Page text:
An acoustic band born in the land of tech innovation, Front Country was unlikely to be accepted as an authentic American roots band out of the gate. Cutting their teeth in progressive bluegrass jams in San Francisco’s Mission District and rehearsing across the bay in Oakland, they fashioned their own take on roots music and Indie Folk, with the tools they had on hand. A mandolinist with a degree in composition and classical guitar. A guitarist trained in rock and world music. A bassist equally versed in jazz and newgrass. A violinist with technique that could seamlessly hop between honky tonk and electropop. And a female lead singer with grit and soul that was also a multi-instrumentalist and songwriter. In a wood-paneled country dive bar in the shadow of the San Francisco skyline, Front Country forged a sound hell bent on merging the musical past with the future. The result lies somewhere between Indie Folk and Americana, in a nether-region they’ve come to embrace as their own.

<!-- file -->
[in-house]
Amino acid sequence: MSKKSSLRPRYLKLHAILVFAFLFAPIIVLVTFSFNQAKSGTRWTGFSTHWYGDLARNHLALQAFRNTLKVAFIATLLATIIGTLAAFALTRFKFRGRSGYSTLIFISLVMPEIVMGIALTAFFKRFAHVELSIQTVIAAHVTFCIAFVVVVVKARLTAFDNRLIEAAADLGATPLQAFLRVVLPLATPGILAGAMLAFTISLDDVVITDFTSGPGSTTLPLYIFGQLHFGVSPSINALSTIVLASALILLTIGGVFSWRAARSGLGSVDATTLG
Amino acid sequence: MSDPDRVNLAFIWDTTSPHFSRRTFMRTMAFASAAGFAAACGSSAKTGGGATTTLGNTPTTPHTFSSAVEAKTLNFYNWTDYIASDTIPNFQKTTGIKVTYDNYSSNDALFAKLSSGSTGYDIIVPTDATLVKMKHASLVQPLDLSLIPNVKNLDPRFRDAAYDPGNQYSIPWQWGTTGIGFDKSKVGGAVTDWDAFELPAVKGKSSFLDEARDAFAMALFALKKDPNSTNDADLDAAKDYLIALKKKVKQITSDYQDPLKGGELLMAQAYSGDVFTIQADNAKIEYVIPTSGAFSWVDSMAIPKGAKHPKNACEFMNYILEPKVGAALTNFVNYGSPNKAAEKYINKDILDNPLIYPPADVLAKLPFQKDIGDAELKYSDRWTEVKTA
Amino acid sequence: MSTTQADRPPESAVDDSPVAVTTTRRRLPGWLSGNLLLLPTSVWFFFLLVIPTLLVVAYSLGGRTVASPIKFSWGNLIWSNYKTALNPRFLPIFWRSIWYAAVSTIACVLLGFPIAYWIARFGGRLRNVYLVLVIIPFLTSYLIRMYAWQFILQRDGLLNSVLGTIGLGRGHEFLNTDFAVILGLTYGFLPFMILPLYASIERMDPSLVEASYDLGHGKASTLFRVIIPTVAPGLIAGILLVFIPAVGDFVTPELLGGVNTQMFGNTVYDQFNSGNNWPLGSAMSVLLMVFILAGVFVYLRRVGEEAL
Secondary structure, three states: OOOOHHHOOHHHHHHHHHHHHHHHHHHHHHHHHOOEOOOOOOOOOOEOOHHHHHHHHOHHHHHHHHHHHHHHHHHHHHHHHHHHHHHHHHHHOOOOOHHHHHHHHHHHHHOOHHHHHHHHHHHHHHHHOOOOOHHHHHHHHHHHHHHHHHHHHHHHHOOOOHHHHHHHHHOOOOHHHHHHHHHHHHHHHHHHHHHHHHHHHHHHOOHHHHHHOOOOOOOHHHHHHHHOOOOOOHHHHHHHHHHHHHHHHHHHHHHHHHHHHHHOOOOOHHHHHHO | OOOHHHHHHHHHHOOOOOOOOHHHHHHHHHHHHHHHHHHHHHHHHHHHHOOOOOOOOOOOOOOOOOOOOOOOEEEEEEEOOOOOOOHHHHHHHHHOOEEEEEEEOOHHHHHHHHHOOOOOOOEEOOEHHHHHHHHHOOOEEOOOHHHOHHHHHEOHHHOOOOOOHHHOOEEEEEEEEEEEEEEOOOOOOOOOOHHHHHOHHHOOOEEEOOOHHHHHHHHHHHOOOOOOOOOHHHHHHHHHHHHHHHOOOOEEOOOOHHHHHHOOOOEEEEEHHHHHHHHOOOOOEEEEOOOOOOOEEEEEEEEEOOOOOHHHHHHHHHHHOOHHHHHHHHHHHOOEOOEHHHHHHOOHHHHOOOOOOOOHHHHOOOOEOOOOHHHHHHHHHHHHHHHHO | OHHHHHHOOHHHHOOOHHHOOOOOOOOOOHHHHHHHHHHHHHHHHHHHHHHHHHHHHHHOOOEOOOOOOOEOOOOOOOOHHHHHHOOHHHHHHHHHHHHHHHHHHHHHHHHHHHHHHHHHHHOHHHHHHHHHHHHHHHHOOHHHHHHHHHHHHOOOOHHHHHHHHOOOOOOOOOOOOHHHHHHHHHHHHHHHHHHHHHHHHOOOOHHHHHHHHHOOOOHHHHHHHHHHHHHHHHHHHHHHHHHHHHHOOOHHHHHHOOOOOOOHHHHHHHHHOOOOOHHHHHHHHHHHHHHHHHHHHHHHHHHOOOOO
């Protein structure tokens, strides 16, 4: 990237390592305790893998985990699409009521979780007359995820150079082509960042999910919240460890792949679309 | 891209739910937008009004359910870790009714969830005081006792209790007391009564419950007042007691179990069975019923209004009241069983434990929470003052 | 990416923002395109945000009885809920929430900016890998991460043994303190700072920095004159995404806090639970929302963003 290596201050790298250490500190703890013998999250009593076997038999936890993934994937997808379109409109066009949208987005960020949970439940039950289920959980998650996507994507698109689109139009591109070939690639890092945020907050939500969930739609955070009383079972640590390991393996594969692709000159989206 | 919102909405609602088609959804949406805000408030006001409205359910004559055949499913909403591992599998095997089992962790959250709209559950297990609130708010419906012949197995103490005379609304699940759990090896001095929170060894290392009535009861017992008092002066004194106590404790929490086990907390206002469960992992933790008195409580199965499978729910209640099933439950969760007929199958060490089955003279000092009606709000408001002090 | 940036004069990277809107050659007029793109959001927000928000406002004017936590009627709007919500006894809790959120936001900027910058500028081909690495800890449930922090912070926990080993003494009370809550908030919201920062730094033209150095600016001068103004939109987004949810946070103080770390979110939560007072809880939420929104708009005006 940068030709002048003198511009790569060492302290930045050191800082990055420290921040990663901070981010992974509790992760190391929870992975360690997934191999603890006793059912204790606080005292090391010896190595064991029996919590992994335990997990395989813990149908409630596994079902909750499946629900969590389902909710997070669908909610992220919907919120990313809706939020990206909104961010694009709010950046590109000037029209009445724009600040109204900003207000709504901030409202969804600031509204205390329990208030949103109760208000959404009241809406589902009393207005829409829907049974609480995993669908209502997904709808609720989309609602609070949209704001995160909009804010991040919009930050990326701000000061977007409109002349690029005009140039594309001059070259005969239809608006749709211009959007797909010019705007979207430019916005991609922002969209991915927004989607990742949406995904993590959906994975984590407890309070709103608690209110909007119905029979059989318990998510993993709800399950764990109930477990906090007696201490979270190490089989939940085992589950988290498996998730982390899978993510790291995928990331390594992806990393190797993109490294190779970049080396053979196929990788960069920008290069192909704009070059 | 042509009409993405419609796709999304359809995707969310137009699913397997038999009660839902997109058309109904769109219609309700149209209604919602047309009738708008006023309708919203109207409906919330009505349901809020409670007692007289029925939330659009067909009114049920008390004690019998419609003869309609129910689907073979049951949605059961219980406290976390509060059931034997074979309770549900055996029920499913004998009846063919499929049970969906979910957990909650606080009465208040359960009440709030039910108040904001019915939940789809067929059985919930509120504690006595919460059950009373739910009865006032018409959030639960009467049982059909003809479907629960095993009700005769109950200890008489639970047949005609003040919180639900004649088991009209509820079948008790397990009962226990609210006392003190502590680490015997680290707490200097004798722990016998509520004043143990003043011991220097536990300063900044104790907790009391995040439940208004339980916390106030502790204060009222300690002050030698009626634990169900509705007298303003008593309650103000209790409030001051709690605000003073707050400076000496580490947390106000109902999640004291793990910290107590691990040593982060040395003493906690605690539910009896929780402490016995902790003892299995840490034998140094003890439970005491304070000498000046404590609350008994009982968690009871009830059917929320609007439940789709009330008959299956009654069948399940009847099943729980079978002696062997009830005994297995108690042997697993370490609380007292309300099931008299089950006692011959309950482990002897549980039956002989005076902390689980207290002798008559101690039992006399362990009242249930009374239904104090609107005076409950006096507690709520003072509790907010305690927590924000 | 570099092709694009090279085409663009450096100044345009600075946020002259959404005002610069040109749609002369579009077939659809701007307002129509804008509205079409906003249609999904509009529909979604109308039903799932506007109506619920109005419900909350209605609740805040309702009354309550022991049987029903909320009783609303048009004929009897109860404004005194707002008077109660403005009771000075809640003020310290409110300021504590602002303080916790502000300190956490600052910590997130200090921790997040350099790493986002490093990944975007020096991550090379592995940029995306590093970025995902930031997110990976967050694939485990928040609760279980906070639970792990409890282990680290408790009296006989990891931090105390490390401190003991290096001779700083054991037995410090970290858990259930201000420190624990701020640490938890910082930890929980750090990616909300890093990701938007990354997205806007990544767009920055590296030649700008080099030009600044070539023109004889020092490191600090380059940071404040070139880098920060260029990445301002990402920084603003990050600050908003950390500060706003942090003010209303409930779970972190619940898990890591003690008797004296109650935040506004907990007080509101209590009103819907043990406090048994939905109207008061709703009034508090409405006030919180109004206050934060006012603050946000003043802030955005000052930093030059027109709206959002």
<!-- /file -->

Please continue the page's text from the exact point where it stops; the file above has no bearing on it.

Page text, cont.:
If there was any one song from their debut album that they all agreed they had never heard the likes of before, it would have to be the title track “Sake of the Sound”. A pop song with a rock arrangement, played entirely on acoustic instruments. It was almost as if bluegrass instruments had been unearthed 200 years from now in a time capsule, and were re-purposed to make post-apocalyptic modern pop music. Front Country has been drawn more and more into this peculiar aesthetic, writing and arranging songs that are simultaneously intricate, intense and infectious. They’ve been called “Roots Pop”: the past is discernible with a wink and a nod, and the future is here.